100% Digital Leeds are working with third sector partners across the city to improve digital inclusion and participation for older people. We are working together towards our ambition to make Leeds the most digitally inclusive city for everyone and our Age Friendly Leeds ambition to be the best city to grow old in.
Although the number of older people who are digitally connected continues to rise, across the country there are still around 5 million people over the age of 55 who are not online. And while factors such as income and levels of education play a part, age is one of the biggest indicators of who’s digitally excluded.
We’re working to bridge the divide, ensuring no one is left behind in this increasingly digital world. The approach we take is strengths based, collaborative, person centred, inclusive and holistic. We work with organisations who have established positive relationships and trust with older people with low or no digital skills.We tackle the barriers to digital inclusion with organisations who understand the needs of their service users.
Developing the Neighbourhood Network Digital Inclusion Group
Covid-19 has brought long periods of lockdown and isolation for older people, and now more than ever supporting older people to overcome barriers to digital inclusion is vital. 100% Digital Leeds continues to work with organisations supporting older people to adapt their services to the pandemic: Developing virtual sessions of activities to combat social isolation, developing device lending schemes to support people who have access barriers with no connectivity or equipment, providing training, tools and resources to enable organisations to better support their service users in taking their first steps online and building skills and confidence across service users and staff teams.
Throughout the pandemic 100% Digital Leeds have supported many of the Neighbourhood Networks in Leeds to develop and embed digital inclusion within their services. In December 2020 we launched a Neighbourhood Network Digital Inclusion Group in partnership with Leeds Older People’s Forum. The group was designed to create a dedicated space to develop resources and share best practice and learning on the theme of digital inclusion across our Neighbourhood Networks in Leeds. The group is user-centred, and evolves according to need, embedding the citywide ambition of supporting older people to be digitally included, and developing a network of localised digital offers across our communities.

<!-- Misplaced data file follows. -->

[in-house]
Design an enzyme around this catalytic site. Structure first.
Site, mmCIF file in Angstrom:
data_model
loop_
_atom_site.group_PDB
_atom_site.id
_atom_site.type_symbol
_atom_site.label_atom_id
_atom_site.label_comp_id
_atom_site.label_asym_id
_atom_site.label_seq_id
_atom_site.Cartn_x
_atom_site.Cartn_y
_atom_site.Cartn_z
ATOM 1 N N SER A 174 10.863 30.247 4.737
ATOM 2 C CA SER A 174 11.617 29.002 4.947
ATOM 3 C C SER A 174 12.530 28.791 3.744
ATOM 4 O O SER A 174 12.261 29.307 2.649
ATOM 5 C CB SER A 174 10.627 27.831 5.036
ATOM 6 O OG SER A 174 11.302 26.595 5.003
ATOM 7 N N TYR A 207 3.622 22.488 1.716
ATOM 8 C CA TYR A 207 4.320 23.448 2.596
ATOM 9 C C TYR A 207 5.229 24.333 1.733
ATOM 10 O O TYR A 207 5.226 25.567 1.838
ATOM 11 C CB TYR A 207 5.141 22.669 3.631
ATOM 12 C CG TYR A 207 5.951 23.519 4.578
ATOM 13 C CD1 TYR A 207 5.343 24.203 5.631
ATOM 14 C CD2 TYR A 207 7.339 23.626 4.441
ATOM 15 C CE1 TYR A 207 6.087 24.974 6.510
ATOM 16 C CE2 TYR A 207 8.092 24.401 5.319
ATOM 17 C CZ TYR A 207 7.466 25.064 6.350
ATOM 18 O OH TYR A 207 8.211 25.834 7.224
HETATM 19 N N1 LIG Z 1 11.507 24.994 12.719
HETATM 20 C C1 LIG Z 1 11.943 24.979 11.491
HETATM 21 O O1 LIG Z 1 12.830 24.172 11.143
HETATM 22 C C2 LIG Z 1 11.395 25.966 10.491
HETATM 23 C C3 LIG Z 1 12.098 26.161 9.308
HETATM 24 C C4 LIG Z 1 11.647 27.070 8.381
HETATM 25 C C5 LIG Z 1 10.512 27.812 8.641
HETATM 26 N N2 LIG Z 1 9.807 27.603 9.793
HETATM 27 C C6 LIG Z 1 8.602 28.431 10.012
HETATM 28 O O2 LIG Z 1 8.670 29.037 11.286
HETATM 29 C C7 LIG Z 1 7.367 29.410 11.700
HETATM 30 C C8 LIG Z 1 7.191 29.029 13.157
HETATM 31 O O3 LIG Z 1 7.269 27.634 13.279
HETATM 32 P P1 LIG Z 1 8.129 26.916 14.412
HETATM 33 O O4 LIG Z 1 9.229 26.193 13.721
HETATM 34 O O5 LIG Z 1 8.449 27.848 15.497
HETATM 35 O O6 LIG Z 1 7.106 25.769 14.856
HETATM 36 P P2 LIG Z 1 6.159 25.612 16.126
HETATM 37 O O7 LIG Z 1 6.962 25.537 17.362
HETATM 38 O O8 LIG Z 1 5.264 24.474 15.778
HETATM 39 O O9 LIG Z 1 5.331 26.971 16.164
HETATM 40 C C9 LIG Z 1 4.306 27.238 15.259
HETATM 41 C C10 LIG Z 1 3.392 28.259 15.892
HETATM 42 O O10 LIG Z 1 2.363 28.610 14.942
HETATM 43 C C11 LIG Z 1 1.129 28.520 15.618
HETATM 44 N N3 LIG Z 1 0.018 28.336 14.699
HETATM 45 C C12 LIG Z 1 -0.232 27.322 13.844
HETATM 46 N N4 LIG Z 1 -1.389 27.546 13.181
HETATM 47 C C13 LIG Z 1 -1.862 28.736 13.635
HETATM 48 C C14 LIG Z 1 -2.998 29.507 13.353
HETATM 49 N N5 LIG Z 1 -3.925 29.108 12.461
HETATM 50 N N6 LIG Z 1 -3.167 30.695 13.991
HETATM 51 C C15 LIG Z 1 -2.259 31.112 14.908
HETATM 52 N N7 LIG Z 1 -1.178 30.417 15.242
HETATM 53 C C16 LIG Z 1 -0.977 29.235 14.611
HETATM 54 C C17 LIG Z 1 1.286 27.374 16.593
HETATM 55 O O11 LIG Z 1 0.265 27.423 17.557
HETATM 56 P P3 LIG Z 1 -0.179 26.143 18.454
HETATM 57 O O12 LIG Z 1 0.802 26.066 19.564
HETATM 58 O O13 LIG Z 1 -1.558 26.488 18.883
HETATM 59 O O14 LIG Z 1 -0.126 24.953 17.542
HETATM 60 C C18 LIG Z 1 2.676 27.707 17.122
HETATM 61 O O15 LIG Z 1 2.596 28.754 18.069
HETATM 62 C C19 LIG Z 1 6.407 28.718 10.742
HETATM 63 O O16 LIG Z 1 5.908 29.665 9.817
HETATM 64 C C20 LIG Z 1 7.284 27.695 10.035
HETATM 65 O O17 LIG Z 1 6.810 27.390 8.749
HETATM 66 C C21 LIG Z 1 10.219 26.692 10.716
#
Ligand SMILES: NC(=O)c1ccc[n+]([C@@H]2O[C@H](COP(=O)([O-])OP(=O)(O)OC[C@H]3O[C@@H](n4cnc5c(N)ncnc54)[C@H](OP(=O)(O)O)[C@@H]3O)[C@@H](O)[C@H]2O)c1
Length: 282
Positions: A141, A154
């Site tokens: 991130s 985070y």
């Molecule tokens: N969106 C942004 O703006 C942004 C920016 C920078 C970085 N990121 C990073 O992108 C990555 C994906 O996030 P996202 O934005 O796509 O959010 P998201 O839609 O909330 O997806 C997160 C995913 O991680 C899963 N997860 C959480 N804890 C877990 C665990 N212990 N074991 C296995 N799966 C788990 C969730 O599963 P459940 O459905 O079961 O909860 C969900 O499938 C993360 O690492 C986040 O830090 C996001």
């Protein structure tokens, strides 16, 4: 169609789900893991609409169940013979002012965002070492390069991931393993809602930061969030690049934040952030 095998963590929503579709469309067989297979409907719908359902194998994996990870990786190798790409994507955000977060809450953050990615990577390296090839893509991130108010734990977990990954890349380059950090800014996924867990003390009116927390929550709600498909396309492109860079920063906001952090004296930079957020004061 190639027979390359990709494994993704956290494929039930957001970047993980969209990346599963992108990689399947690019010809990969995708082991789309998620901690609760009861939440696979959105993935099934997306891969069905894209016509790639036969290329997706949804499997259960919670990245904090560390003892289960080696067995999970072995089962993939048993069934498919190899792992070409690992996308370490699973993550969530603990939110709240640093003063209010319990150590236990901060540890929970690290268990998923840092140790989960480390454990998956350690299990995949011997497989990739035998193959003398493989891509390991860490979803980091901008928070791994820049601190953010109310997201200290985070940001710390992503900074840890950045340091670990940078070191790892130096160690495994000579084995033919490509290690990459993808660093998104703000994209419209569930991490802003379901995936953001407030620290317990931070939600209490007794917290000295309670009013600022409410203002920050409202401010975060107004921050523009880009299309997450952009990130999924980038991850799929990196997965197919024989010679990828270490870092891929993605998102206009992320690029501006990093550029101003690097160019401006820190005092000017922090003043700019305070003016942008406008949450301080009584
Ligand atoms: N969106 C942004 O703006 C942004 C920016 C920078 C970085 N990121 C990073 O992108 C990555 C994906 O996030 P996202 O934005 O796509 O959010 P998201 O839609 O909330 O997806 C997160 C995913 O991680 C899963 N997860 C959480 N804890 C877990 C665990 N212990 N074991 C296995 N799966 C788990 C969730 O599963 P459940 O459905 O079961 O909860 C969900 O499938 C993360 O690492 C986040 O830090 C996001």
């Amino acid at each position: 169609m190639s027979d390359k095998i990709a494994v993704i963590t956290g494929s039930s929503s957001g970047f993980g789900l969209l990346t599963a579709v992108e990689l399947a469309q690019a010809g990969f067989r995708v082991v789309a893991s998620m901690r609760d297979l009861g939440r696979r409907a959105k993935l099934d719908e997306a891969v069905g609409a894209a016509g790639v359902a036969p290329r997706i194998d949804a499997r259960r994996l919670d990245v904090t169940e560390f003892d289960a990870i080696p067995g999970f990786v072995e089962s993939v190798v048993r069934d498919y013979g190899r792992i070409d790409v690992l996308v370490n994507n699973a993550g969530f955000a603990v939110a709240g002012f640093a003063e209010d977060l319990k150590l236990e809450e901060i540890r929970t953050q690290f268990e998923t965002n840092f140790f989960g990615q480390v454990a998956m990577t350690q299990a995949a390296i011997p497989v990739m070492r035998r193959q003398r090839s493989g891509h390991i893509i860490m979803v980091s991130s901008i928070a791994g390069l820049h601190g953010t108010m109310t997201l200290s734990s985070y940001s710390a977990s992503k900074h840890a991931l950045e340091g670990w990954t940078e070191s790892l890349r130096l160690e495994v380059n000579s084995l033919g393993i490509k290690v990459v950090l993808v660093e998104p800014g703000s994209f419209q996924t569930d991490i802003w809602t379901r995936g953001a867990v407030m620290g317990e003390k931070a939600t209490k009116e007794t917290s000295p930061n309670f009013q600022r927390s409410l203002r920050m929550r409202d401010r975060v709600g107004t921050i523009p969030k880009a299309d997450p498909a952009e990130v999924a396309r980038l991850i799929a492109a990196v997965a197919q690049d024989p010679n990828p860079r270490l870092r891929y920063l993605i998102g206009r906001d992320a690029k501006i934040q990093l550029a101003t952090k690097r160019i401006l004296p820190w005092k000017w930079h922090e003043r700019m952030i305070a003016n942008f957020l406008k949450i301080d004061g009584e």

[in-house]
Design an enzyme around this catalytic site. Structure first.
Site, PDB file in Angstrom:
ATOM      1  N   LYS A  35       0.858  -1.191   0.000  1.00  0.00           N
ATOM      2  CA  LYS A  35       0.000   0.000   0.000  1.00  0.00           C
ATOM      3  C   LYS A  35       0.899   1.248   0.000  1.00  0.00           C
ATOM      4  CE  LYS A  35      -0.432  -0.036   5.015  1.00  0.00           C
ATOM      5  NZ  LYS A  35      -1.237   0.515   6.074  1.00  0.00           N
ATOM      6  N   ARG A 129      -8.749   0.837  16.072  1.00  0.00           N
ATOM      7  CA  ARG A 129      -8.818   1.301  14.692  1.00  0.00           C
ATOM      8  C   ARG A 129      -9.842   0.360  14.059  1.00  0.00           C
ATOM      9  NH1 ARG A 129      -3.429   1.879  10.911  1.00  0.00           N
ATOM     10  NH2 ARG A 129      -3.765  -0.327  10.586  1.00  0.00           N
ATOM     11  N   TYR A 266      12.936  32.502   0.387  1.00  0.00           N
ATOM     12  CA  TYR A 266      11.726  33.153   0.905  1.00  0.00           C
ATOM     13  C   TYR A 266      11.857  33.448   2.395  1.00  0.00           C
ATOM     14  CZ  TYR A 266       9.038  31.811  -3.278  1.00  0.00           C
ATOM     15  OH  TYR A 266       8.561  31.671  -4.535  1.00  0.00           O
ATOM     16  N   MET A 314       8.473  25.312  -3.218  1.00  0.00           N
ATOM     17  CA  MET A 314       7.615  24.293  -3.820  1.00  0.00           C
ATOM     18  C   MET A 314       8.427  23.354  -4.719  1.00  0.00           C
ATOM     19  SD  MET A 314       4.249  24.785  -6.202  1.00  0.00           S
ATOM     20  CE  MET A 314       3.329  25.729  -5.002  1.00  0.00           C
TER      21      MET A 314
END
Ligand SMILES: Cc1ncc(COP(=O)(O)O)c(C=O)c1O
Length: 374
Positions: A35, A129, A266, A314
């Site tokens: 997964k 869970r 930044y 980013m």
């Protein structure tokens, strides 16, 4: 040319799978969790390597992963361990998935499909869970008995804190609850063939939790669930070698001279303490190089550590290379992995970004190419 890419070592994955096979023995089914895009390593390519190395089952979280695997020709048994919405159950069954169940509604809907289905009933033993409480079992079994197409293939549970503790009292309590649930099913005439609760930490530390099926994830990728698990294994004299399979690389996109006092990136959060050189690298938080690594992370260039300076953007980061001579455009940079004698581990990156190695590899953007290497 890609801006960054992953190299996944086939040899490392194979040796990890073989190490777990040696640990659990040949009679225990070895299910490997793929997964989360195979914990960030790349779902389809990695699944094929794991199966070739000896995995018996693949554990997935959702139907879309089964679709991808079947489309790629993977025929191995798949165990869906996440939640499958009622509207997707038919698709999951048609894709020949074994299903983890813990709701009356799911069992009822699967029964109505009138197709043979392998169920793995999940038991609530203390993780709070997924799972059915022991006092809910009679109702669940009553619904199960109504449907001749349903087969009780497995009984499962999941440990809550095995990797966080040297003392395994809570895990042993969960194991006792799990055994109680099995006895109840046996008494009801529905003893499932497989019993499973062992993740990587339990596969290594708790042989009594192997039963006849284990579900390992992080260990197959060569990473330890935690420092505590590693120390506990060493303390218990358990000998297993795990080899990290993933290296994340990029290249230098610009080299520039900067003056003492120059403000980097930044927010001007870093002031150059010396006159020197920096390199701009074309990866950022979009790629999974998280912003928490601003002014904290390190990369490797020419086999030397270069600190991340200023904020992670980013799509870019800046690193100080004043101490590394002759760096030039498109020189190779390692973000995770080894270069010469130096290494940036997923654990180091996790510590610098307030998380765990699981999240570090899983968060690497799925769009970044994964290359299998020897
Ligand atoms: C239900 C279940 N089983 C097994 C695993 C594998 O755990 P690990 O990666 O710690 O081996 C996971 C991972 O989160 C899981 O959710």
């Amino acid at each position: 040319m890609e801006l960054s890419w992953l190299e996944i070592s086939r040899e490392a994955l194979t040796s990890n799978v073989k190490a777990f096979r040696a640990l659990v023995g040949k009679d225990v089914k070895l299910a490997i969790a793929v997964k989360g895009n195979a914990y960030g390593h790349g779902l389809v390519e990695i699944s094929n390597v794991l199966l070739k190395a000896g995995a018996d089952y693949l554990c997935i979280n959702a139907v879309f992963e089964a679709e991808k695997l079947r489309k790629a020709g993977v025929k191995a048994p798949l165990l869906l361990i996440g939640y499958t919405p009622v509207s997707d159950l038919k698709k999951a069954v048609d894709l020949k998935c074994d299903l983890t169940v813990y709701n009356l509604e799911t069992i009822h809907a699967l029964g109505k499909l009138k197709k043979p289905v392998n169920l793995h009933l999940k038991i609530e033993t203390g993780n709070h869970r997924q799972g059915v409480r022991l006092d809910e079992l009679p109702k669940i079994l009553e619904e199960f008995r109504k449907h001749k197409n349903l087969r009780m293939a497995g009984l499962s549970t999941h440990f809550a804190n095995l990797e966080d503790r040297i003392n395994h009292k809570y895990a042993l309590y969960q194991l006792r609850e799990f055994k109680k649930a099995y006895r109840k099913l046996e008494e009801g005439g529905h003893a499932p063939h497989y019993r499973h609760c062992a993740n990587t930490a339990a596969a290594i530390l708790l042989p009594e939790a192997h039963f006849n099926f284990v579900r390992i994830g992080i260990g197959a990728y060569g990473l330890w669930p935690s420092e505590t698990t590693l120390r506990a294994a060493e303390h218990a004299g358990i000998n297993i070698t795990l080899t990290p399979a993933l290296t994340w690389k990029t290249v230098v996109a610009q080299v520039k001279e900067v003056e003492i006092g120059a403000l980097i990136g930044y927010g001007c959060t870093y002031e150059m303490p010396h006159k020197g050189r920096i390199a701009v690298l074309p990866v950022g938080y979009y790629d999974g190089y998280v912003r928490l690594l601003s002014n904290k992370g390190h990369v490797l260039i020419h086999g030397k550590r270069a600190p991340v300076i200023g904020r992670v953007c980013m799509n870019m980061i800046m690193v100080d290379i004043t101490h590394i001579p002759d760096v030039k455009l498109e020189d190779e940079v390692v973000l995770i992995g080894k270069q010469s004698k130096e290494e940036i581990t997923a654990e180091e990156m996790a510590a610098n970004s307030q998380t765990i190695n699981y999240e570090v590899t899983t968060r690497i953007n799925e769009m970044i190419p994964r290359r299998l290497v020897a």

The Digital Inclusion Group reflects the needs of Neighbourhood Networks and older people in light of the growing digitisation of the health and wellbeing agenda across the city. It supports organisations to develop the skills, confidence and tools they need to better support their service users to become digitally included. Group members share their experiences of embedding digital inclusion into their activities and developing a digital offer within their services.
The group is building a citywide network of organisations supporting older people. It is providing solutions to digital inclusion barriers for older people and creating an inclusive, person-centred model of digital activity and participation. The group meets monthly and has developed a dedicated Slack channel of digital inclusion discussions, tools and resources for organisations supporting older people in Leeds.
Our partner organisations within the group and network include:
- Age UK Leeds
- Time to Shine
- Leeds Irish Health and Homes
- Armley Helping Hands
- Belle Isle Elderly Action
- Bramley Elderly Action
- Caring Together in Woodhouse and Little London
- Chapel Allerton Good Neighbours (RVS)
- Community Action for Roundhay Elderly (RVS)
- Cross Gates & District Good Neighbours Scheme
- Halton Moor and Osmondthorpe Project for Elders (HOPE)
- Holbeck Together
- Meanwood Elders Neighbourhood Action – RVS
- MHA Communities Farsley
- MHA Communities Horsforth
- MHA Communities South Leeds
- MHA Communities Rothwell and District
- MHA Communities Pudsey
- Neighbourhood Action in Farnley, New Farnley and Moor Top
- Richmond Hill Elderly Action RHEA
- Seacroft Friends and Neighbours
- Leeds Hearing and Sight Loss Service
- Leeds LGBT Community Consortium
- Leeds Libraries
Overcoming the barrier of Motivation
Motivating people in later life to get online in the ways that they want can enable them to maintain their independence, social connections, access to financial information and other services. Being online can lead to positive health outcomes through increased social contacts, reduced loneliness, increased confidence, fulfilment and enjoyment.
We’ve found the best approach to motivate people to get online for the first time is to use a ‘hook’. Rather than focusing on the thing that we think the person needs to do, what about focusing on what they want to do? What matters to that person? What would save them time, or give them enjoyment? Things that might surprise or delight them. Or things they might be missing because they can’t do them anymore – but could do them ‘virtually’. Make the activity about the person, link digital ‘hooks’ to their hobbies and interests. This might be making a video call with friends and family, using a Jigsaw app or listening to music on a Radio Station app. Find something that boosts the person’s mood and enables them to develop their digital skills and confidence by doing something online that they already enjoy in the non-digital world.